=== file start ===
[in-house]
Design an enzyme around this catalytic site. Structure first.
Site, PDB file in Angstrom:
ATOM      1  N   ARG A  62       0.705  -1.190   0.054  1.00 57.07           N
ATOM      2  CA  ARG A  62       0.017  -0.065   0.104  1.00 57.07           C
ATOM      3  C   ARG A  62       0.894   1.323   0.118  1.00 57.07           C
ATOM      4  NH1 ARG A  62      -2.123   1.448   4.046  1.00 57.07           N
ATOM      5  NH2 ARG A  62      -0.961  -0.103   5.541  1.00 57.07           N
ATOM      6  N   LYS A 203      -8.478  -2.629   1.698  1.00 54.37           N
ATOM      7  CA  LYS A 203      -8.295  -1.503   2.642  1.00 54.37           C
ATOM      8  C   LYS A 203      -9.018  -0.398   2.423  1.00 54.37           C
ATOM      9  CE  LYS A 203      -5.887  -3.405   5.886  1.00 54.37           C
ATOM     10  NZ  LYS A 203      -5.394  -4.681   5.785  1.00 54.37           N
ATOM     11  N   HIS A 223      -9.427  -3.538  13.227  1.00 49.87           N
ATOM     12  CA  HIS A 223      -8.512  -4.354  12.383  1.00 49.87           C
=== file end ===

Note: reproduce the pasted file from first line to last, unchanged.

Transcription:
[in-house]
Design an enzyme around this catalytic site. Structure first.
Site, PDB file in Angstrom:
ATOM      1  N   ARG A  62       0.705  -1.190   0.054  1.00 57.07           N
ATOM      2  CA  ARG A  62       0.017  -0.065   0.104  1.00 57.07           C
ATOM      3  C   ARG A  62       0.894   1.323   0.118  1.00 57.07           C
ATOM      4  NH1 ARG A  62      -2.123   1.448   4.046  1.00 57.07           N
ATOM      5  NH2 ARG A  62      -0.961  -0.103   5.541  1.00 57.07           N
ATOM      6  N   LYS A 203      -8.478  -2.629   1.698  1.00 54.37           N
ATOM      7  CA  LYS A 203      -8.295  -1.503   2.642  1.00 54.37           C
ATOM      8  C   LYS A 203      -9.018  -0.398   2.423  1.00 54.37           C
ATOM      9  CE  LYS A 203      -5.887  -3.405   5.886  1.00 54.37           C
ATOM     10  NZ  LYS A 203      -5.394  -4.681   5.785  1.00 54.37           N
ATOM     11  N   HIS A 223      -9.427  -3.538  13.227  1.00 49.87           N
ATOM     12  CA  HIS A 223      -8.512  -4.354  12.383  1.00 49.87           C